RHL’s investment strategy is to take equity and a board seat in established startups and bring the company to IPO. Source: Shutterstock

Malaysian millennials combine family riches to start RHL Ventures

THERE’S a relatively new VC shop in town, and this one is backed by family money – lots of it.

The millennial trio running the show at RHL Ventures is made up of Raja Hamzah Abidin, 29, son of Malaysian politician and businessman Raja Nong Chik; Lionel Leong, 29, and Rachel Lau, 31, children of property tycoons Leong Hoy Kum and Lau Boon Ann respectively.

According to Bloomberg, the plan is to leverage their family wealth to “attract outside capital and build the firm into becoming Southeast Asia’s leading independent investment group”.

Lau said in an interview there was no standout investment brand, such as KKR or Fidelity, in the region.

Long-term, RHL plans to be a fund house with a suite of products, with venture capital being the first stop.

Since its inception in 2016, RHL has been positioning itself between early-stage VCs and institutional investors, and plans on filling the gap in follow-up rounds at the stages of Series B, C and D.

Their investment strategy is to take equity and a board seat in established startups and bring the company to IPO.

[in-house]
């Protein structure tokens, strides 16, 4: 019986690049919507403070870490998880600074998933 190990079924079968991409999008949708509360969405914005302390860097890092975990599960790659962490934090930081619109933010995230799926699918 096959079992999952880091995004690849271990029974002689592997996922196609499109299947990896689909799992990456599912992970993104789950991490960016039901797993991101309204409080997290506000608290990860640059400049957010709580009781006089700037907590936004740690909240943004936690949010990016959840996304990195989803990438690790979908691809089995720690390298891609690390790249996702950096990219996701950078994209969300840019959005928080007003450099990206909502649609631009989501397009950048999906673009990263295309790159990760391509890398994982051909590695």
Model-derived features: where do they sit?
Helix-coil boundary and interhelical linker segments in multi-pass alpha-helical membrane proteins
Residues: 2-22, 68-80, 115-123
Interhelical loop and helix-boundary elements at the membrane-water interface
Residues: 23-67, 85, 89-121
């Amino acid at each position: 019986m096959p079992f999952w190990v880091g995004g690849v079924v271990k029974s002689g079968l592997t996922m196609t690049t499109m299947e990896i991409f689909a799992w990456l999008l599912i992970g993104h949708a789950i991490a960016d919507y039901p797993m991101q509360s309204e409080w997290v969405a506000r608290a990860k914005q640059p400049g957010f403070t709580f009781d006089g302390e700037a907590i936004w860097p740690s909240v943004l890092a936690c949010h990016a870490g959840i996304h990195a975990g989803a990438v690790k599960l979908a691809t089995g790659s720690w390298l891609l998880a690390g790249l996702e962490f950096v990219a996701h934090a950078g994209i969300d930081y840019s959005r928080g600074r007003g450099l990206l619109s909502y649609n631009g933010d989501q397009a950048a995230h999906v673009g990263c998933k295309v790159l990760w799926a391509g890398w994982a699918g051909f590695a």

So far, it has been off to a running start and has added two startups to its portfolio.

One is Singapore-based Perx, a provider of data and analysis on consumer behavior for corporates. The company counts Facebook co-founder Eduardo Saverin as its chairman.

RHL’s second investment is an undisclosed round into LA-based concert memorabilia sales app Sidestep (also backed by Beyonce and Adele).

“RHL guys are really smart investors who are taking their family offices to a new play. What attracted the Sidestep founders to RHL was their deep network in Southeast Asia,” said Trevor Thomas, co-founder of Cross Culture Ventures, which is an investor in Sidestep.

SEE ALSO: How startups in Asia can get through the venture capital winter

According to Thomas, while US startups are very interested in the Asian market, they tend to overlook Southeast Asia in their quest to reach China.

He said RHL was well-poised to provide expertise and access to the market of 600 million prospective users.

It’s unclear at this point whether RHL will be more focused on regional investments or cross-border deals, but either way, their presence is encouraging for Southeast Asia’s growing tech ecosystems.